Russia’s energy ties to China have been discussed at length throughout our website – the construction of the 38 BCm per year Power of Siberia gas pipeline, seaborne sales of ESPO (of which China is the dominant buyer), recent cross-investment deals including Rosneft and many more. With the two as close as ever on geopolitical and energy-related issues, July 2018 brought about a new facet to their cooperation – trading in Yamal LNG cargoes. Two Yamal LNG tankers, Eduard Toll and Vladimir Rusanov, will reach China’s Jiangsu province July 19, the first supplies from Yamal to reach China directly. And there is more to come.
After Yamal LNG was commissioned on December 8, 2017, in the presence of President Putin and other high-ranking government officials, the first-train (nominal capacity 5.5 Mtpa) production of the project exceeded the Energy Ministry’s expectations. In the first five months of Yamal LNG 14 spot cargoes were expected to be supplied – in the end, the shareholders produced 21. Moreover, with already more than 40 cargoes having found their way to customers in Europe, Asia, America and Northern Africa, the project seems to be very conveniently positioned to surpass the expected annual number of cargoes (75). Despite such great progress, China featured only once in the past months with regard to Yamal LNG.
The first official Yamal LNG delivery to China took place this April, when the Pskov LNG carrier took the long route via the Suez Canal to deliver liquefied gas, a voyage of approximately 40 days. By making use of the Northern Sea Route, the navigation time of the Eduard Toll and Vladimir Rusanov vessels effectively halved. With it, transportation expenses have gone significantly down, since the Sabetta-Guangdong prime cost via the Northern Sea Route amounts to $64 per LNG ton, whereas via the Zeebrugge transshipment terminal in Belgium the cost increases to $91.5 per LNG ton. Interestingly, it took a mere 9 days for the 16-knot Arc7 LNG carriers to pass the ice-covered part of the route, without any sort of icebreaker assistance.
But why only now, one would ask? CNPC, the Chinese state-owned Oil and Gas Corporation owns 20% of the Yamal LNG project and has a contracted offtake volume of 3 million LNG tons per year. Moreover, China is the second-largest LNG market currently, having risen by a massive 50 percent in 2017 year-on-year to 38 million tons. Against the background of the Chinese government’s coal-to-gas conversion drive, China’s LNG imports will inevitably grow even further this year. Much of it is due to simple geography as the Northern Sea Route is generally navigable without icebreaker assistance only between June and November – this winter was even harsher than the average, therefore it took some time to thaw to a palatable level.
Hence, Yamal LNG exports in January-April were destined predominantly for Europe, most of them arriving in the Netherlands (Gate terminal in Rotterdam), the United Kingdom (Milford Haven) and France (Montoir). This need not necessarily mean that the above LNG volumes stayed in Europe, many were transshipped to Jordan and East of Suez, to India and South Korea. A similar pattern might unfold during the Winter of 2018-2019, when Yamal LNG carriers will take a short route to Europe (it takes 8 days for them to reach Rotterdam and 10 days to attain Montoir in Bretagne), from whereon the liquefied gas will be carried to wherever arbitrage opportunities might seem profitable. This summer’s LNG deliveries, however, will be very much under the banner of China.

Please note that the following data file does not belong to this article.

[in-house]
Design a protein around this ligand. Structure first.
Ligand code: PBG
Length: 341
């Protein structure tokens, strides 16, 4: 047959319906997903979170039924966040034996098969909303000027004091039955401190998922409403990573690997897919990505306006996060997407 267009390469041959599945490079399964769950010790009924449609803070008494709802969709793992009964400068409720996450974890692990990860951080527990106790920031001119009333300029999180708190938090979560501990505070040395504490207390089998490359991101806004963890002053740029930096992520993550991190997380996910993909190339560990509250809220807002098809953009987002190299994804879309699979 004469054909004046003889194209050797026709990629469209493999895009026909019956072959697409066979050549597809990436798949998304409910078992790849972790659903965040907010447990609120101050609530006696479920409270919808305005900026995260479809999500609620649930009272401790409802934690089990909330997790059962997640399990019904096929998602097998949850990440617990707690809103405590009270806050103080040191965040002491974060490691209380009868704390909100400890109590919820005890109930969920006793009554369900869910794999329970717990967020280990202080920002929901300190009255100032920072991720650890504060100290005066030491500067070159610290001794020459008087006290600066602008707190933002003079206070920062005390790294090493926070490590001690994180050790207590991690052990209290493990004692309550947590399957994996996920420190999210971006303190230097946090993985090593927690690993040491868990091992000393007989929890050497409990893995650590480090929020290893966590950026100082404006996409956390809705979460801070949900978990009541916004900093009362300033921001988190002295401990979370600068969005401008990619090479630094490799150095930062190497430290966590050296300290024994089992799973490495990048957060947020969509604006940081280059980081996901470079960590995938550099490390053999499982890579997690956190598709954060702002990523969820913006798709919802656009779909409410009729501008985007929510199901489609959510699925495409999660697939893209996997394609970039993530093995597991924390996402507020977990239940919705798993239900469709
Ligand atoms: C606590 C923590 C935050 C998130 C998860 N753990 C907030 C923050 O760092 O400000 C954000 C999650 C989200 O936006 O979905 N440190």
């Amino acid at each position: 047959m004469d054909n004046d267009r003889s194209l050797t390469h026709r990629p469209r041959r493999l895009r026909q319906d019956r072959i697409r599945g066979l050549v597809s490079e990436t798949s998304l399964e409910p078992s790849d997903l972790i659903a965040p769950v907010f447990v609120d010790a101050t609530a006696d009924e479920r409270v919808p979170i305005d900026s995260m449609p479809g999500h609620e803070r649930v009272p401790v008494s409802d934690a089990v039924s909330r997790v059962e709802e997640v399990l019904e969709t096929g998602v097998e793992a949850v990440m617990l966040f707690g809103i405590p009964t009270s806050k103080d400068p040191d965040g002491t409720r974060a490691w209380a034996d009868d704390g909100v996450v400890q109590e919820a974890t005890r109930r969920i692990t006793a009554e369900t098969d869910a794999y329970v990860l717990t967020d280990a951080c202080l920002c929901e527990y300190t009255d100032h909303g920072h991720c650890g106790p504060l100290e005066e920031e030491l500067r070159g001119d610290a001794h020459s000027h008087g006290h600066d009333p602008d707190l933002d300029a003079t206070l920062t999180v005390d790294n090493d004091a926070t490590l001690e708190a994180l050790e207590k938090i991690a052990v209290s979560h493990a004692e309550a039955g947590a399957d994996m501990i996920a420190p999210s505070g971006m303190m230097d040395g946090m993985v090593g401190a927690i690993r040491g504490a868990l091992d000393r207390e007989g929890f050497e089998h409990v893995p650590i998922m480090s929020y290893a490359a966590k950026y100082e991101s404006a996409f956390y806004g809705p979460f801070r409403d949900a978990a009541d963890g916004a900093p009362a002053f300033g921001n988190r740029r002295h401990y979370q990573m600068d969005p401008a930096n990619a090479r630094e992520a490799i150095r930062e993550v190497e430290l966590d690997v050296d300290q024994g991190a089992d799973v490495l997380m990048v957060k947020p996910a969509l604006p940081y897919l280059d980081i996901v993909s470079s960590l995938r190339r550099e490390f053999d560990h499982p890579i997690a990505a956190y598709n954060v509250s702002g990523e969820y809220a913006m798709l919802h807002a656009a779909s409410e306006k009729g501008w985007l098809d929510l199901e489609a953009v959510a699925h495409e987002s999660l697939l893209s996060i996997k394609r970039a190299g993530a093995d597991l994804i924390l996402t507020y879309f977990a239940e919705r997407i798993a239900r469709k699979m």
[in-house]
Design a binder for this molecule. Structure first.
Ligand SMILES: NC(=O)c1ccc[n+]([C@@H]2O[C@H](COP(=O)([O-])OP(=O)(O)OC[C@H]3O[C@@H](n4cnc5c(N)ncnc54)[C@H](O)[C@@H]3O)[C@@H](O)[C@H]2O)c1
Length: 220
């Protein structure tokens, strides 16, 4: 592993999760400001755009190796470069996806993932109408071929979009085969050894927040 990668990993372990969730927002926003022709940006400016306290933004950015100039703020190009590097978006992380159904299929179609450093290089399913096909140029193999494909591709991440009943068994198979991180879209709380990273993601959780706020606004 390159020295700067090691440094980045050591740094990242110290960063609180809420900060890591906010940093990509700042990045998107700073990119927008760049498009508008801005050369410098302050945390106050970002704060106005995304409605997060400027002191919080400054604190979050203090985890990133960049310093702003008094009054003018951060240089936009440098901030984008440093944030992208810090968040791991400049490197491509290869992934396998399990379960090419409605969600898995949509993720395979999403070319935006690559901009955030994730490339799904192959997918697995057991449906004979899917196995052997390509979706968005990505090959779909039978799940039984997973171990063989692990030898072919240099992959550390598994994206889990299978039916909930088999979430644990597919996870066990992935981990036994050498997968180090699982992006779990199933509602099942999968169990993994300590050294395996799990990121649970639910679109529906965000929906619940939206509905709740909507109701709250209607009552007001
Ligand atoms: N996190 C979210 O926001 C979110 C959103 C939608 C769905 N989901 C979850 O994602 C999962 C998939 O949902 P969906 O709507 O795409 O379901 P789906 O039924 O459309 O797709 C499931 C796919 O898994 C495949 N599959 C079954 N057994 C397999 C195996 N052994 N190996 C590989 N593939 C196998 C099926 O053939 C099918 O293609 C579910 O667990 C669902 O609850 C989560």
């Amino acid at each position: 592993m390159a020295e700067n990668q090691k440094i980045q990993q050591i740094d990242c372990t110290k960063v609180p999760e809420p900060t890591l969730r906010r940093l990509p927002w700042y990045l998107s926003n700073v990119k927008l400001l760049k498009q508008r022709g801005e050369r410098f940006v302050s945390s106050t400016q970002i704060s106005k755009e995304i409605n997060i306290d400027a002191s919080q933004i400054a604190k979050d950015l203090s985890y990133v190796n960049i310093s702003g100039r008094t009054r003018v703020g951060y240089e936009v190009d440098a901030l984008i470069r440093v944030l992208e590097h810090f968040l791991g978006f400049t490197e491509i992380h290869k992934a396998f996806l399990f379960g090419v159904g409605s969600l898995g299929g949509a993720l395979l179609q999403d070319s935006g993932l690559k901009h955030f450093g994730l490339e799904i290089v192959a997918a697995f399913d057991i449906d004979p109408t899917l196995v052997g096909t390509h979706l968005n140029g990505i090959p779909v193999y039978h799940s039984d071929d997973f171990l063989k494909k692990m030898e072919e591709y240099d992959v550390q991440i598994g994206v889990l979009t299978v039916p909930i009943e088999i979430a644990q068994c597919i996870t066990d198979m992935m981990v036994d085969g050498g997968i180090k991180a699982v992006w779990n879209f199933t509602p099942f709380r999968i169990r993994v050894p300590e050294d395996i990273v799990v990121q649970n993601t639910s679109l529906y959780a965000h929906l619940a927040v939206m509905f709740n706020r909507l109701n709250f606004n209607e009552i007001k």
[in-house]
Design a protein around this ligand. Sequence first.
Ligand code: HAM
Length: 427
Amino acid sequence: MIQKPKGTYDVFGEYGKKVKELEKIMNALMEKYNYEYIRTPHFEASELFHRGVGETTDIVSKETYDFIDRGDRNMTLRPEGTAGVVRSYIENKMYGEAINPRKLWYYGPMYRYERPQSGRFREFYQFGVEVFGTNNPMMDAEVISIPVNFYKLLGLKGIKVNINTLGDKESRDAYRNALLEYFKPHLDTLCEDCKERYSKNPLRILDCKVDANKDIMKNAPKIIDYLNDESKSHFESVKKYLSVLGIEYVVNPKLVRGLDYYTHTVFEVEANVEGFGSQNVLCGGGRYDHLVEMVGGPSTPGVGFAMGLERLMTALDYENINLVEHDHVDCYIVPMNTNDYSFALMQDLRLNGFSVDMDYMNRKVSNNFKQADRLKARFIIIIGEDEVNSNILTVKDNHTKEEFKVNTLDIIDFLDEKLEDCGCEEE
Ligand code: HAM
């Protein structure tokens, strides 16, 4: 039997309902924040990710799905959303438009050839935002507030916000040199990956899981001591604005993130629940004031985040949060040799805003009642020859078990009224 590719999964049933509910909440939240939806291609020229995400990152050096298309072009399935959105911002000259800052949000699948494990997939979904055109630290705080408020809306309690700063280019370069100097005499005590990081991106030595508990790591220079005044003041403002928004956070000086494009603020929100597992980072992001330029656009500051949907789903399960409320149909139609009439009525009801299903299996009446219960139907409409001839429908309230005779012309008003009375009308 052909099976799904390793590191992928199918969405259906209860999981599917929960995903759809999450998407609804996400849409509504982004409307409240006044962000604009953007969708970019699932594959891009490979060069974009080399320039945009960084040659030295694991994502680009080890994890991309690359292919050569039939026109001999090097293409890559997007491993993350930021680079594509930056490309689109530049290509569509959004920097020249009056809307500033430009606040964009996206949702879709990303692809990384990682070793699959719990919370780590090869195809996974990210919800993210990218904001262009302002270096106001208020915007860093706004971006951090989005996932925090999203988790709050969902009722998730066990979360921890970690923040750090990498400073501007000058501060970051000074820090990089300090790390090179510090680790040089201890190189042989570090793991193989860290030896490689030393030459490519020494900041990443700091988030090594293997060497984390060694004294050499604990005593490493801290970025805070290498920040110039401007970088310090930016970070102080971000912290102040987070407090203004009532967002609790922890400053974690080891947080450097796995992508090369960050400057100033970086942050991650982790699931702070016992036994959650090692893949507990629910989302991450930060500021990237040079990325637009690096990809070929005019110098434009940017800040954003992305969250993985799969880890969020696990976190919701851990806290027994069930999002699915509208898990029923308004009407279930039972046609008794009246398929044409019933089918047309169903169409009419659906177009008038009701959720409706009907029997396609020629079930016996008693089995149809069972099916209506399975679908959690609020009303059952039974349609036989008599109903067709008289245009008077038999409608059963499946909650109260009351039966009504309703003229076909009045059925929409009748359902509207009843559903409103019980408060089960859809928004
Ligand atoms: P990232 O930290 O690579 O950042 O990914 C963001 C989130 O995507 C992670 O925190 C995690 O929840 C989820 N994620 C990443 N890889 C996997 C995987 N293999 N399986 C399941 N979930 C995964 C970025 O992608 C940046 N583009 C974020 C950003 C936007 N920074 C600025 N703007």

There are many factors pointing towards it – when the two carriers arrive in a few days’ time, Russia’s Energy Minister A. Novak and NOVATEK CEO L. Mikhelson will be in Jiangsu for a solemn ceremony. CNPC, the importer of the LNG and majority owner of the Rudong LNG terminal, is the only Yamal LNG offtaker that has a specified delivery destination in its sales agreement, unlike Total or Gas Natural Fenosa. They, too, might be interested in seeing their allocated LNG volumes going to China, despite, what may seem as uneconomical, additional expenses. Russia’s Northern Sea Route is administered by the Northern Sea Route Administration (NSRA), which has divided the whole itinerary into 7 zones. When delivering LNG to Europe, carriers cross only one zone; when to China, they pass through and pay for all seven – a testament to the attractiveness of exports to the Asia-Pacific.
In the near future, NOVATEK is intent to implement an effective way of cutting transportation costs by an approximate 10 percent. By building a transshipment hub in the Avachinskiy Bay of Kamchatka, Arc7-class LNG carriers need not take all the way down to China, by moving the volumes to regular LNG tankers here the availability of the 15 icebreaking tankers increases and costs are driven down. A transshipment hub is all the more necessary as NOVATEK’s next project, the three-train 19.8 mtpa Arctic LNG-2 (as opposed to the 17.4 mtpa Yamal LNG), is thought to be even more Asia-focused than the first one. Arctic LNG-2 will not be an onshore terminal as Yamal LNG, in a game-changing move the shareholders are set to build a shallow-water gravity-based platform.
Since the separate trains will be assembled in Murmansk, avoiding the necessity to construct anything in permafrost, and only then towed towards the Gydan peninsula, NOVATEK expects a 30 percent drop in capital expenses. With improved economics, the temptation to conquer as much of China’s LNG market as possible is even greater – even in the winter, since gains in CAPEX greatly surpass any additional ice-breaking costs. Moreover, the Russian state could buttress NOVATEK’s China drive by lowering Northern Sea Route passage tariffs if necessary. As both Moscow and Beijing express their content with the impending LNG trade ramp-up, seems like a legitimate win-win situation.